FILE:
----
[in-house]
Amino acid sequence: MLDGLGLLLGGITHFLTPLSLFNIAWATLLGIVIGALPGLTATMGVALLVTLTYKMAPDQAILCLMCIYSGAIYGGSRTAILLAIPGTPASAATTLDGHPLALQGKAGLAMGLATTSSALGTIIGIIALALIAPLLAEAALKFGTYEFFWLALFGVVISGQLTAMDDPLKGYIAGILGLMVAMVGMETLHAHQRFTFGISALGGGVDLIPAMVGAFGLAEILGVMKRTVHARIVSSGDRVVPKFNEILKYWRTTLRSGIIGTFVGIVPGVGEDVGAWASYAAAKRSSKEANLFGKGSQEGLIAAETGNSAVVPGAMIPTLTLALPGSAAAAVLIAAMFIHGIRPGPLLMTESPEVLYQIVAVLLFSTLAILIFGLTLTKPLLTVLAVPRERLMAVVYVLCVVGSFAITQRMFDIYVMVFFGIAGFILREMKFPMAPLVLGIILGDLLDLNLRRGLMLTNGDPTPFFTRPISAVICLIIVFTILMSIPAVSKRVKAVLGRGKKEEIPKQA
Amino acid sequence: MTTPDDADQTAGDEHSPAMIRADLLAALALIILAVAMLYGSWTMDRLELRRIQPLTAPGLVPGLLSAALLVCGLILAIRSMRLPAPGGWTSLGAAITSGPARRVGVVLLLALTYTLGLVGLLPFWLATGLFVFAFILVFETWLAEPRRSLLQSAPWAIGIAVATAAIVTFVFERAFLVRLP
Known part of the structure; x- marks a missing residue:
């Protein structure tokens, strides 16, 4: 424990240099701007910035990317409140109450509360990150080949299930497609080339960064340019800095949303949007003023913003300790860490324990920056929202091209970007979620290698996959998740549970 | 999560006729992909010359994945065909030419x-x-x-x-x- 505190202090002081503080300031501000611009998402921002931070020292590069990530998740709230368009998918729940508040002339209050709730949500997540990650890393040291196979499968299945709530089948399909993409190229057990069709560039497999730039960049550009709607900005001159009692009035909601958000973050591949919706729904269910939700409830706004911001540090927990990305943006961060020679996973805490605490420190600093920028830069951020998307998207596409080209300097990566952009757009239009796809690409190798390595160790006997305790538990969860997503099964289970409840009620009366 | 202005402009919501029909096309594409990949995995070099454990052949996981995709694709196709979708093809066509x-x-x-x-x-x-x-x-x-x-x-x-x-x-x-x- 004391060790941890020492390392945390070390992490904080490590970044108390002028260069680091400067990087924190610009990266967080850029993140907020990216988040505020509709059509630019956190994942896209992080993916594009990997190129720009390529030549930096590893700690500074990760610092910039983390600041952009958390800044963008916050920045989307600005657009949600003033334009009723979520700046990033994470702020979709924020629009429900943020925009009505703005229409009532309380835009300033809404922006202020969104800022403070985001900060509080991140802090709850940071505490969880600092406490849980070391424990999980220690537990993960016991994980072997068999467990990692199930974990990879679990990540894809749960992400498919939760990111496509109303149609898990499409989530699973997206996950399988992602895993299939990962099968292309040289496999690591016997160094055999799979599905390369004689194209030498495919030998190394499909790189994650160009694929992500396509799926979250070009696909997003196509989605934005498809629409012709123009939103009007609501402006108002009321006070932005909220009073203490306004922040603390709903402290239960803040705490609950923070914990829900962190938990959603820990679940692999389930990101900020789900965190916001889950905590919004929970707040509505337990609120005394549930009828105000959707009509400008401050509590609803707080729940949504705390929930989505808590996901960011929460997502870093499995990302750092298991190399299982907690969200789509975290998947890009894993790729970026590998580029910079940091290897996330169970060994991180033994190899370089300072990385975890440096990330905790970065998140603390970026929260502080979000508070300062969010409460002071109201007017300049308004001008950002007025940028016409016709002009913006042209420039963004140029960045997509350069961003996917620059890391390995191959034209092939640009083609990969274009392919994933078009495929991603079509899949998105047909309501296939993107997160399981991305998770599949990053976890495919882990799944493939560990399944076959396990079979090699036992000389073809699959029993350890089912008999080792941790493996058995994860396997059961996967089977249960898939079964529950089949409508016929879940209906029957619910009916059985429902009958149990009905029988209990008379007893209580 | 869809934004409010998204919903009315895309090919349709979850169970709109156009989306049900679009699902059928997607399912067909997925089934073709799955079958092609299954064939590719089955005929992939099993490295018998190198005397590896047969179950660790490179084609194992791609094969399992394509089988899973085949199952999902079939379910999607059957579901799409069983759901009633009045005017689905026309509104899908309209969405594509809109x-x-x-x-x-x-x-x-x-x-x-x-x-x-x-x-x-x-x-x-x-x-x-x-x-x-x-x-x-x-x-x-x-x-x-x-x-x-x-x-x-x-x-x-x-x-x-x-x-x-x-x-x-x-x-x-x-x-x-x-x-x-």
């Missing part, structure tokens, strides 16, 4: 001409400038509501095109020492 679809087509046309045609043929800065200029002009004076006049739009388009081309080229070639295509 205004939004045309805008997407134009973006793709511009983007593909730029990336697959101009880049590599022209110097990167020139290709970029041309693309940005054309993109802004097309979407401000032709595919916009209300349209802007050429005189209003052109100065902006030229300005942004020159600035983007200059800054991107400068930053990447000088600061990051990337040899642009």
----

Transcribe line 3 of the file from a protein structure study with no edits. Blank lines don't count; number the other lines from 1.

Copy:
Amino acid sequence: MTTPDDADQTAGDEHSPAMIRADLLAALALIILAVAMLYGSWTMDRLELRRIQPLTAPGLVPGLLSAALLVCGLILAIRSMRLPAPGGWTSLGAAITSGPARRVGVVLLLALTYTLGLVGLLPFWLATGLFVFAFILVFETWLAEPRRSLLQSAPWAIGIAVATAAIVTFVFERAFLVRLP